Lady of Pain rk post

A Walk Through the Planes – Part 103: Dead Factions




When I wrote about Matthew Sernett’s planar-focused editorial from Dragon issue #321, I was disappointed by his hatred for the game’s established cosmology and saw it as a sign of things to come with D&D‘s disastrous fourth edition. I can’t help but contrast that with Erik Mona’s editorial at the beginning of issue #339, which tells us about how much he’d once read into a throwaway line from On Hallowed Ground. This was a prescient article about how old settings never really die, though unfortunately Mona himself wouldn’t be allowed to play with them for much longer. Here’s a man who really had a passion for the game’s entire history, which was reflected in his decision to turn revisiting discontinued campaign settings into an annual theme for the magazine after he took it over. Paizo only had a chance to put out a couple of these issues before Wizards of the Coast snatched their magazines back, but you can really see the planar influence on so much of Paizo’s work during this period. Someone over there quite liked Planescape, enough so that they commissioned rk post to draw a new image of the Lady of Pain and slapped her on the issue’s cover—turns out she was far more, umm, buxom than previously assumed. 

The Planescape article for this issue, “Dead Factions,” once again returns to the happenings of Sigl’s factions post-Faction War, but has a particularly fun take on this idea. The authors Monte Lin and F. Wesley Schneider didn’t just cover the more recently deceased groups like the Believers of the Source or the Mercykillers, they went ahead and wrote about every single past faction revealed in the game. This means new information about the Communals, the Expansionists, and the Incanterium, which I believe is a complete list of the older factions that were concretely established by officially published material. While there are certainly many other sects, and I’d love to have their stories continued as well, for the small amount of space given this is a fun way of at least pushing things further than usual. Frankly, the decision to include them all thrilled me (that is some deep lore to even acknowledge), and the article as a whole did not disappoint. 

Ben Wooten’s art for this article is universally good… though I have no idea what the hell this has to do with any of the prose.

In the same format as “The Exiled Factions” from that last campaign classics issue, each of the groups covered receives a smattering of new information, though what form that takes is a bit random. First are the Believers of the Source, and from their segment we can glean that the faction leaders imprisoned by the Lady of Pain during the midst of Faction War were never actually let out. And while Godsmen “hangers-on insist that their factol in fact ascended, reaching his peak potential and moving on to some higher existence,” most likely they all perished out there in the mazes. Ha. Godsmen receive a couple dull feats focused on constructing items, and more importantly a new magic item called source tokens, which are marbles that can be broken to show the user a vision from one of their past lives.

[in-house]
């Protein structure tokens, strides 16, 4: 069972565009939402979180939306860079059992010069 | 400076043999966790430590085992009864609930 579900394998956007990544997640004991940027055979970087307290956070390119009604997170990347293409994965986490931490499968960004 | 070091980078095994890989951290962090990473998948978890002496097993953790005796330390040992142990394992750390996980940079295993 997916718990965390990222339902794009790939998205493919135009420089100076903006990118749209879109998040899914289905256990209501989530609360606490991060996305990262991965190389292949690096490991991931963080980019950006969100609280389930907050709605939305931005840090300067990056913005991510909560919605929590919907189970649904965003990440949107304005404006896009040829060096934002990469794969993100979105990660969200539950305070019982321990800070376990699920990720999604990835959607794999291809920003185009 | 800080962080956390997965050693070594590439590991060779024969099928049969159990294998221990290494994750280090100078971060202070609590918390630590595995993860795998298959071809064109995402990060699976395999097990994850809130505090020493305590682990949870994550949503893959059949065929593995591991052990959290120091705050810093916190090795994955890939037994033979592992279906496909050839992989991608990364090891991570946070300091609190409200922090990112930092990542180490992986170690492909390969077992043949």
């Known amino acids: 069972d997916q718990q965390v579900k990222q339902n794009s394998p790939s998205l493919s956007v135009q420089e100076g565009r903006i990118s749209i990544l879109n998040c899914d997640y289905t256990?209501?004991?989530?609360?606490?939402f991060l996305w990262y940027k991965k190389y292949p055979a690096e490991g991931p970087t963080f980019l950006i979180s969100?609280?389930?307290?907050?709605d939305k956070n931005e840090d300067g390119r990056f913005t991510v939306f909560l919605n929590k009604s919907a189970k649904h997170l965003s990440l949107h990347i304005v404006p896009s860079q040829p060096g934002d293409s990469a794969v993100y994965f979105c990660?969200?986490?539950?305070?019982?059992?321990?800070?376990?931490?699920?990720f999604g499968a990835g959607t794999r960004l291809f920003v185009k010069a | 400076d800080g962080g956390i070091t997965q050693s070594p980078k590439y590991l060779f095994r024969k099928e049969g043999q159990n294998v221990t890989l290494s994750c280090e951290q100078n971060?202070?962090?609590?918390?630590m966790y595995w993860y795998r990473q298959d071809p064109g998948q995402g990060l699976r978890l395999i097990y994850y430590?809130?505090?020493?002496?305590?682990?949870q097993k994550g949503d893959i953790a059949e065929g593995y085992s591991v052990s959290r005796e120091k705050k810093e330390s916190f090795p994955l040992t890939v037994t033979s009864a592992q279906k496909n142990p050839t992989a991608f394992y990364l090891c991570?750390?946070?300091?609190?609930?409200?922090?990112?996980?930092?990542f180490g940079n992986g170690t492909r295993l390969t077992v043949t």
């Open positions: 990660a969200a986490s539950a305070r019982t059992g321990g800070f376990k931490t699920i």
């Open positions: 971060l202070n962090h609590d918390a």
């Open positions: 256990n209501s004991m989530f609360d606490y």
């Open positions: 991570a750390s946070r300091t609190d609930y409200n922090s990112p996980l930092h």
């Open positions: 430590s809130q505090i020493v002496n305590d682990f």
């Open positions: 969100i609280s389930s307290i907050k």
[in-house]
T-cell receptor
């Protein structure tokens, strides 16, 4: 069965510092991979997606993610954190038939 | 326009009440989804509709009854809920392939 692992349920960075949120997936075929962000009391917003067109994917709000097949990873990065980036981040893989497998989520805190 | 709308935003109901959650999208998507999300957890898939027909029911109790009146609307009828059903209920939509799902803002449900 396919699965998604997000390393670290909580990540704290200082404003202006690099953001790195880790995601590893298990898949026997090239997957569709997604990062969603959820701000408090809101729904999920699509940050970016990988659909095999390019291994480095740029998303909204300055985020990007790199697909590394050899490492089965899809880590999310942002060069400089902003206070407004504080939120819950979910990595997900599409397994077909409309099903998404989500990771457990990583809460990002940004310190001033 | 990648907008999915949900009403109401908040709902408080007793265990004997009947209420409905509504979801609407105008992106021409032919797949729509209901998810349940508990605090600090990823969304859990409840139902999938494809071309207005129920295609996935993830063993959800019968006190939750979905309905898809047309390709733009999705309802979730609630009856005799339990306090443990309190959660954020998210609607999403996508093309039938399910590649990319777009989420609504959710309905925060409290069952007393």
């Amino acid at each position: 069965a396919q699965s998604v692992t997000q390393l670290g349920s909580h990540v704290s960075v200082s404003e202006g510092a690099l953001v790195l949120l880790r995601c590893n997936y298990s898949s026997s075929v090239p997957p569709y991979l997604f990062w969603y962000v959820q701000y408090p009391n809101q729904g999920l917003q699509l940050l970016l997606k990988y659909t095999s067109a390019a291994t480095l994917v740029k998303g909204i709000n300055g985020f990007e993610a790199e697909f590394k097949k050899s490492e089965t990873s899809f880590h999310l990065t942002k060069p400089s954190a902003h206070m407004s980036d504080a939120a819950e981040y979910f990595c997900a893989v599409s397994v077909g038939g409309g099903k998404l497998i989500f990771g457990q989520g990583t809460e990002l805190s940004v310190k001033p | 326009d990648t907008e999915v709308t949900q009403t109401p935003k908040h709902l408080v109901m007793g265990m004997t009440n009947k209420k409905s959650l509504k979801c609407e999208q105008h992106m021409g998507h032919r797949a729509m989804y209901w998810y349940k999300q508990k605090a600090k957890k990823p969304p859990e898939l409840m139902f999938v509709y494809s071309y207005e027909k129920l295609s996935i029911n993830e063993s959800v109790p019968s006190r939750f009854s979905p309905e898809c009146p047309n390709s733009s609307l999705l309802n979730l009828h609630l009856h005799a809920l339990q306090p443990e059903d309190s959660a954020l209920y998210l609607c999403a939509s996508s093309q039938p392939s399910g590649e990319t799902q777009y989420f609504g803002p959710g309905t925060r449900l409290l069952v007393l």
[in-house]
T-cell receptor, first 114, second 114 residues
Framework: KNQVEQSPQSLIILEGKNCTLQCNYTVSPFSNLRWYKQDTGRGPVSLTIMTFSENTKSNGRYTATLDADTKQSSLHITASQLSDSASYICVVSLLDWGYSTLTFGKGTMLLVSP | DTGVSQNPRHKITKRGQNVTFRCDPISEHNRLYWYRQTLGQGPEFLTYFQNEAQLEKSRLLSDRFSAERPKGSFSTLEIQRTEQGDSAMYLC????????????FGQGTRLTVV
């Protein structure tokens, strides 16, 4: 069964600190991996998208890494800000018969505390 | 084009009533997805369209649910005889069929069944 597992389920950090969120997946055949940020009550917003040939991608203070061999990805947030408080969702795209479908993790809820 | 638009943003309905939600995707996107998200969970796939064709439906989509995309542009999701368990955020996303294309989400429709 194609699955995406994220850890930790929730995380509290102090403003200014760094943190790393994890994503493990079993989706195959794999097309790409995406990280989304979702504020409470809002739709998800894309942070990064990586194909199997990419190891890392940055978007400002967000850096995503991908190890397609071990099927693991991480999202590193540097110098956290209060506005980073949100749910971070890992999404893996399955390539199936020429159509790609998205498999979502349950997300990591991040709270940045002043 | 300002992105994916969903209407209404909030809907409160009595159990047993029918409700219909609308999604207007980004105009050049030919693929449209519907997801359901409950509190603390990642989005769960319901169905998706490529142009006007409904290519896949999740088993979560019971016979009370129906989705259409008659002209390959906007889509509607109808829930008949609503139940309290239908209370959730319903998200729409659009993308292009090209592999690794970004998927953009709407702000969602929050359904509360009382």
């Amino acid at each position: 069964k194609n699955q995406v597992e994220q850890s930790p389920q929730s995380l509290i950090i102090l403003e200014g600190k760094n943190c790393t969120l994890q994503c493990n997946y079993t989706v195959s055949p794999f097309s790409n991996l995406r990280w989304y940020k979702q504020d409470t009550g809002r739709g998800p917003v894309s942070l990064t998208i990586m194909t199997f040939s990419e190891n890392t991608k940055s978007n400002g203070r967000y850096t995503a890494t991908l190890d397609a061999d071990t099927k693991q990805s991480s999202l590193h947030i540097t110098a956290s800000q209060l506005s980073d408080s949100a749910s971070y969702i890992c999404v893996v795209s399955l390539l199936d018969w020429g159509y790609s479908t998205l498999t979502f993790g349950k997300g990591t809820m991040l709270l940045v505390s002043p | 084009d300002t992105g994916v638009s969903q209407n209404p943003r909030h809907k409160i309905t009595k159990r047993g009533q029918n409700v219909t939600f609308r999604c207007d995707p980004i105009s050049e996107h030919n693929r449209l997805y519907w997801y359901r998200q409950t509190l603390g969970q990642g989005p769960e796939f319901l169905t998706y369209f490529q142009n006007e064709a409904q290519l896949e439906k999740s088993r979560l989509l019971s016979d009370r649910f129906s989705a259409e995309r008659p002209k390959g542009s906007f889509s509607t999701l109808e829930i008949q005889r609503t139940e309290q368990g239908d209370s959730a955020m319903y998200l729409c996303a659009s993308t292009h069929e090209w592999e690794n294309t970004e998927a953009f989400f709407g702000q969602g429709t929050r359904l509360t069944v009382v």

I don’t believe Communals were ever mentioned after the original Planescape Campaign Setting, such that I have to admit I’d forgotten they exist until now (in my defense, there are a lot of sects to keep track of). What’ve they been up to lately? Well:

Most of the Communals’ political ideas live on in the Revolutionary League (through their representation of the poor) and in the Bleak Cabal (through the distribution of food in their soup kitchens). Rumor has it that a small band of Communals still exist on the Astral Plane.

Which isn’t much to go on, but this is still more info about them than we’d ever received before. They’re also gifted with a new magic item, solidarity armbands, which magically distribute damage equally between users, and a couple feats with a similar focus. While the Lady of Pain hated the Communals, everything we learn about them through the items and this tiny expansion of their past makes them seem pretty damn awesome. Maybe it’s time they made a comeback. 


The Expansionists were probably most famous for the maze adventure in Well of Worlds, aptly titled “The Mazes,” but they also cropped up again in Uncaged with the profile of The Grixitt, who since the group’s demise has been working to troll the Lady (that book also contains a quick mention in its profile of Alluvius Ruskin). She’s mentioned here, as is a reference to the that ancient adventure. The Bullies—which I believe is a new term for them, especially since the old article on them labels them The Growers—receive four new magic items, all of which are extremely evil and largely focus on enslaving people. More hilarious is the return of Lightbringer, the factol’s sword from Well of Worlds, which is an arrogant intelligent weapon wishing to destroy all the pretenders to its name.

Wooten can really draw some great-looking items, and it doesn’t hurt that Source Tokens are a fantastic idea.